Canada in a Box, Cigar Containers that Store Our Past 1883-1935
Canada in a Box, Cigar Containers that Store Our Past 1883-1935
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How Old Is My Cigar Box?

There are a number of factors to take into account in estimating when an old cigar box was first filled with cigars.

  1. Revenue Stamp. The revenue stamp is the first place to look. In Canada, stamps were issued in 1883, 1897, 1915, 1922, 1924, and 1935 ("Series C"). Manufacturers bought them in advance, affixing them to boxes as they were filled, and inking or otherwise canceling the stamps before sending them out to stores. Cigar boxes bearing dated stamps may have been manufactured anytime between the date on their stamp and the date of the next series—or even beyond, if the manufacturer had a good supply of stamps! (Revenue stamp collectors and scholars can be more precise: they keep track of the Control Numbers printed on the stamps as they were issued. See Resources.)
  2. Every old cigar box had to have the FACTORY and IRD NUMBER or PORT NUMBER/LETTER of the manufacturer somewhere on the box. Up to about 1935, these were branded or inked on the bottom of the box. On the earliest boxes, usually with 1883 tax stamps, they might be printed on a paper label stuck on the bottom, side, or end of the box. The Caution Notice on these paper stickers often made no reference to Canada (later, branded notices always did). Similarly, many boxes with a Series C revenue stamp carry this information elsewhere on the box, or on the stamp. See Anatomy - Bottom Brand
  3. IRD numbers appeared in the Caution Notice on boxes made before 1922; Port number/letter combinations thereafter.
  4. Manufacturer. The manufacturer's name can provide a range of years in which the box appeared. See Licence Codes for Canadian Manufacturers (PDF–85KB) under License Codes. Press CTL-F, type the name of the manufacturer and press ENTER. Where your cursor lands will indicate what year(s) the manufacturer was in business.
  5. Label copyright. Some label lithographers copyrighted their work and printed the date on their labels. Since labels were sold for years, the printed date yields an "earliest year" the box was made, not a precise date of issue.
  6. Label subject. Cigar box labels were nothing if not current. A label commemorating an event such as a battle or an athletic competition, or showing a contemporary celebrity—a theatre star, soldier, politician, even a literary character, can help date a box.
  7. Label Style and Printing Technology. Graphic style changed over the years from 1870 to 1930, due to printing technology, economics, and to natural changes in the way artists see and represent the world. Ironically, as printing technology grew more sophisticated and capable, graphics simplified. Cigar labels dating from what many call the "Golden Era" of cigar label art (1880-1910) included elaborate embossing, "gold" appliqué, fine shading, bright, vivid colours, and great detail in both foreground and background. Earlier artwork was simpler, less nuanced, not as vivid; later artwork (photo offset) showed more solid colours, but was untextured and left more white space. See Resources for where to find information and examples.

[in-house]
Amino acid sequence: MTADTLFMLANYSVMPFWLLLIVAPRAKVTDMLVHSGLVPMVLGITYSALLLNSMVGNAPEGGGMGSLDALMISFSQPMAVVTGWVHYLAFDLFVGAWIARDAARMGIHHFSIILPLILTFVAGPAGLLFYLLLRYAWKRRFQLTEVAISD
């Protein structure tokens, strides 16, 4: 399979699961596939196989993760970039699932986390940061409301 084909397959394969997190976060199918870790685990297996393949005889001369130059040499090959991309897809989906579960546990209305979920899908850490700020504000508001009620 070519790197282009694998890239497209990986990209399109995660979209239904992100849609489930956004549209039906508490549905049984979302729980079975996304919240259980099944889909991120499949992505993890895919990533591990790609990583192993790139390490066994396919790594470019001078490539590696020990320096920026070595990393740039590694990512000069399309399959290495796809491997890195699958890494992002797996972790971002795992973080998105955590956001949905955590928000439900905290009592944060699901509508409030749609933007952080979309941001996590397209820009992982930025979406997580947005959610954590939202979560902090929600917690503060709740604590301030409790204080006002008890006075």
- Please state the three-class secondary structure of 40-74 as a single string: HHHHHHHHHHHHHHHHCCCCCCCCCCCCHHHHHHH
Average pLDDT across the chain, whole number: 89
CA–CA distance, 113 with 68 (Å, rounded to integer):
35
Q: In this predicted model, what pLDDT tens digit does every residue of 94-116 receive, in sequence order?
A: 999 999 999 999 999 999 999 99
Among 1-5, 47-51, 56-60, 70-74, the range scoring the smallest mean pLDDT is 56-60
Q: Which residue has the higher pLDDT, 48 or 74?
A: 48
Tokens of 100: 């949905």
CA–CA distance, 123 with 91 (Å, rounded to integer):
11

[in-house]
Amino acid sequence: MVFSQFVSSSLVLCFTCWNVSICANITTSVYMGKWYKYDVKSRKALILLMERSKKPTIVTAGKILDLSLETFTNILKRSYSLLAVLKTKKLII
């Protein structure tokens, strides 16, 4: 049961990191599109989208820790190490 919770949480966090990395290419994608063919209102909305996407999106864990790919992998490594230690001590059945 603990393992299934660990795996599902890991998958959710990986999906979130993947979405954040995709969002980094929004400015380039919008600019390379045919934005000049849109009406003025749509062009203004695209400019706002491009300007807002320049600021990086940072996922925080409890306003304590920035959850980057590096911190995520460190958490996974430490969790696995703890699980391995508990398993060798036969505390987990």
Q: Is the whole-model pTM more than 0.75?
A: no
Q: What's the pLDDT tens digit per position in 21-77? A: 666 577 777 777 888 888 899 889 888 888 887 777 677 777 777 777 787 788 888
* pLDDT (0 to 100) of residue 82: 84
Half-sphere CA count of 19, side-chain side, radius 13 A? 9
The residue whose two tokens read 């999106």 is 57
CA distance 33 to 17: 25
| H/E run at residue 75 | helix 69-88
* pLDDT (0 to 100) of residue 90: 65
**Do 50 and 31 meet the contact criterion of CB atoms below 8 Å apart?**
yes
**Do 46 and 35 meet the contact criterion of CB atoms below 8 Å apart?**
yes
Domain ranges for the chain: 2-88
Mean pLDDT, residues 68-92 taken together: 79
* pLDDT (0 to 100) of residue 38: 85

8. Lithographer. If labels are signed by their lithographers, it is possible to learn when they were at work. For instance, two independent Toronto lithography companies responsible for much tobacco artwork—not just cigars but tobacco and cigarette packaging as well—merged with each other in 1904, then with another company in 1917:
    • Rolph, Smith & Company 1863
    • Clark Lithography Company - pre 1904
    • Barclay, Clark & Co. - ???
    • Rolph and Clark 1904
    • Rolph, Clark, Stone 1917

    Spot the name, and you have a clue to the date of the artwork—and the box.

  9. Union Label. The "Coolie" label was applied to boxes between 1880 and 1894; the "Moral" label from 1894 to the 1940s. (See Anatomy of a Cigar Box for more about union labels.)
  10. Materials. The great majority of boxes prior to 1925 were made of solid wood, most of it exposed. After 1920, as a cost saving measure, boxes were made of cheaper grades of wood and covered completely with paper; or made of cardboard—sometimes printed to imitate or recall the look of wood. After World War II, cigar boxes were made primarily of cardboard.